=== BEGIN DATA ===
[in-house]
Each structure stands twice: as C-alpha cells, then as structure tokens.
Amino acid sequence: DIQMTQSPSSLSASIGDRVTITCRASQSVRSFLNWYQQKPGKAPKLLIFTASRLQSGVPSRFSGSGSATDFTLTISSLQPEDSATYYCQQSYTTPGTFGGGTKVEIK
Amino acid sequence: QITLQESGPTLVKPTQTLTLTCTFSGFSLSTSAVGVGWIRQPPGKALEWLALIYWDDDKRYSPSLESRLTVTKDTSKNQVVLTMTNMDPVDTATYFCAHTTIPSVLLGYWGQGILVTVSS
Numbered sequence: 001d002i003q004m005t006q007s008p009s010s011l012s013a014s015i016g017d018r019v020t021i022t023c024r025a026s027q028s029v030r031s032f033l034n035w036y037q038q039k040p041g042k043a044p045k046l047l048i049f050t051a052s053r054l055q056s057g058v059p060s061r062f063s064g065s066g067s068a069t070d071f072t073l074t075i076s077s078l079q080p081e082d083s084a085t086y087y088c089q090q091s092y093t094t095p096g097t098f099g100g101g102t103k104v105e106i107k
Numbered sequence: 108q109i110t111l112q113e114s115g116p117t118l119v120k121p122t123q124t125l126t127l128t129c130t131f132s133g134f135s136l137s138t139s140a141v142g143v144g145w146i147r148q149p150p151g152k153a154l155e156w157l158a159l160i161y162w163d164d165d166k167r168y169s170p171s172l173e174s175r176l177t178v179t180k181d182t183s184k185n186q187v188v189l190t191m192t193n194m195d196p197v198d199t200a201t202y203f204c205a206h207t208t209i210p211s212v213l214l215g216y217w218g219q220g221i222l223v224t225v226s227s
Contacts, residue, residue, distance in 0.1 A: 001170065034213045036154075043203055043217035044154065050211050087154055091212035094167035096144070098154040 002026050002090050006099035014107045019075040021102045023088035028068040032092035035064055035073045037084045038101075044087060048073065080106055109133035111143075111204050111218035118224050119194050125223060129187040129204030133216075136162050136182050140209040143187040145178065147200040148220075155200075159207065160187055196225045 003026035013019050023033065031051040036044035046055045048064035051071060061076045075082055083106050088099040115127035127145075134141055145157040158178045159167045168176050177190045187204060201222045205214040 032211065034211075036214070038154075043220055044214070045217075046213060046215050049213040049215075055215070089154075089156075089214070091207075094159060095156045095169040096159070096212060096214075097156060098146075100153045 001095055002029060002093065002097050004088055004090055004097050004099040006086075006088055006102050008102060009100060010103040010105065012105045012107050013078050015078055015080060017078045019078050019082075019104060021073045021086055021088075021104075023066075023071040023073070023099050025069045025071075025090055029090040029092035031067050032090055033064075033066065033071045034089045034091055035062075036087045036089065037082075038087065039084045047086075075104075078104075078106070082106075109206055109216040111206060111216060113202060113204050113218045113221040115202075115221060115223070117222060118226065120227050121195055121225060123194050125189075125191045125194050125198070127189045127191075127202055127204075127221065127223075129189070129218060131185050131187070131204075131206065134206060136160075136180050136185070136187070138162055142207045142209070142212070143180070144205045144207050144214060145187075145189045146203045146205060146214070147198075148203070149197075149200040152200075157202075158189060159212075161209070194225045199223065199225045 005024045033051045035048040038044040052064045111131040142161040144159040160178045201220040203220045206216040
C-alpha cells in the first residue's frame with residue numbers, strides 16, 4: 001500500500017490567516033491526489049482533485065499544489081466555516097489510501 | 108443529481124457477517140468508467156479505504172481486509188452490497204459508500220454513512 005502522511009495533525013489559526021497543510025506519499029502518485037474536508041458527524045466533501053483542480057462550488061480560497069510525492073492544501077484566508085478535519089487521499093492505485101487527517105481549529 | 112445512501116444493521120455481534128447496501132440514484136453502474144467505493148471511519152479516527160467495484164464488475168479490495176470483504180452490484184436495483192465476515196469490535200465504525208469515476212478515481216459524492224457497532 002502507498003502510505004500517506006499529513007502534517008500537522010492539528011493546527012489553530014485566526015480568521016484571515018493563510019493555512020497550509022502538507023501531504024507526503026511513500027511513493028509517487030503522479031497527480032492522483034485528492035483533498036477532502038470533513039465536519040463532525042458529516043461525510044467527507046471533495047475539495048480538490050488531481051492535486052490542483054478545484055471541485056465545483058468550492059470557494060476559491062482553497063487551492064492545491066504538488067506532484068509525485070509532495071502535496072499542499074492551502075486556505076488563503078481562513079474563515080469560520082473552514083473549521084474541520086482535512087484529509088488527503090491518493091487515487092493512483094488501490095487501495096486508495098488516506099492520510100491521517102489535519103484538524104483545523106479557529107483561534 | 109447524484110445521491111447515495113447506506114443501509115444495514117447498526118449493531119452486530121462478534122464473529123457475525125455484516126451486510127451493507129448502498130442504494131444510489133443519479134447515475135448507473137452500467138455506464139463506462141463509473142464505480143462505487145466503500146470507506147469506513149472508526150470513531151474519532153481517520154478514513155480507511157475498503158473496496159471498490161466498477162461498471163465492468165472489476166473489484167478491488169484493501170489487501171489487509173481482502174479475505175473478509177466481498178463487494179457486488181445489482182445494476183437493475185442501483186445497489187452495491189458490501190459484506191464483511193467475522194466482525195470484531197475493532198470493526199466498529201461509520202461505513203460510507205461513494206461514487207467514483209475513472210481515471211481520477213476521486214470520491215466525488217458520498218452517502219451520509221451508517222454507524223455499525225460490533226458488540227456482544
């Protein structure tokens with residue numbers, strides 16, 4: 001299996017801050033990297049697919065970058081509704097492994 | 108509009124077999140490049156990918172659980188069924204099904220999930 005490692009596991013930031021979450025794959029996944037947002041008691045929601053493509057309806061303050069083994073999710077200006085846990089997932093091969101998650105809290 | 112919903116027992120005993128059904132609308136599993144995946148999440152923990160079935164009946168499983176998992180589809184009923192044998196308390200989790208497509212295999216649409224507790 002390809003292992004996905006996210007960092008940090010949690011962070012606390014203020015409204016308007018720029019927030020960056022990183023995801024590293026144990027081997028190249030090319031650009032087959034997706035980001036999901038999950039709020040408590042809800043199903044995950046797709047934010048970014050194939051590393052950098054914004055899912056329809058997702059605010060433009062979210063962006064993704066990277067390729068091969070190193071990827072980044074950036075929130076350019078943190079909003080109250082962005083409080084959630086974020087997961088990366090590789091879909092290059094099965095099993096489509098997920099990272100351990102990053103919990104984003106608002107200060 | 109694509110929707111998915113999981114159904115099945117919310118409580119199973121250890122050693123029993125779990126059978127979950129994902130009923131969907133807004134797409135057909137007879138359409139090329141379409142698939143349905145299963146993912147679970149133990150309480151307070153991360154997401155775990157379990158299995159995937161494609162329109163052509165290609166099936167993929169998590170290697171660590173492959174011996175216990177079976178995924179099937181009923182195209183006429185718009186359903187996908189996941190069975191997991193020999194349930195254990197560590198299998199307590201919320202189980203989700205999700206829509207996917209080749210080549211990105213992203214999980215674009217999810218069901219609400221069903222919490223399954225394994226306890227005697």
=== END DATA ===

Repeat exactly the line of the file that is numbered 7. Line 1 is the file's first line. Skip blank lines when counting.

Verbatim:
Contacts, residue, residue, distance in 0.1 A: 001170065034213045036154075043203055043217035044154065050211050087154055091212035094167035096144070098154040 002026050002090050006099035014107045019075040021102045023088035028068040032092035035064055035073045037084045038101075044087060048073065080106055109133035111143075111204050111218035118224050119194050125223060129187040129204030133216075136162050136182050140209040143187040145178065147200040148220075155200075159207065160187055196225045 003026035013019050023033065031051040036044035046055045048064035051071060061076045075082055083106050088099040115127035127145075134141055145157040158178045159167045168176050177190045187204060201222045205214040 032211065034211075036214070038154075043220055044214070045217075046213060046215050049213040049215075055215070089154075089156075089214070091207075094159060095156045095169040096159070096212060096214075097156060098146075100153045 001095055002029060002093065002097050004088055004090055004097050004099040006086075006088055006102050008102060009100060010103040010105065012105045012107050013078050015078055015080060017078045019078050019082075019104060021073045021086055021088075021104075023066075023071040023073070023099050025069045025071075025090055029090040029092035031067050032090055033064075033066065033071045034089045034091055035062075036087045036089065037082075038087065039084045047086075075104075078104075078106070082106075109206055109216040111206060111216060113202060113204050113218045113221040115202075115221060115223070117222060118226065120227050121195055121225060123194050125189075125191045125194050125198070127189045127191075127202055127204075127221065127223075129189070129218060131185050131187070131204075131206065134206060136160075136180050136185070136187070138162055142207045142209070142212070143180070144205045144207050144214060145187075145189045146203045146205060146214070147198075148203070149197075149200040152200075157202075158189060159212075161209070194225045199223065199225045 005024045033051045035048040038044040052064045111131040142161040144159040160178045201220040203220045206216040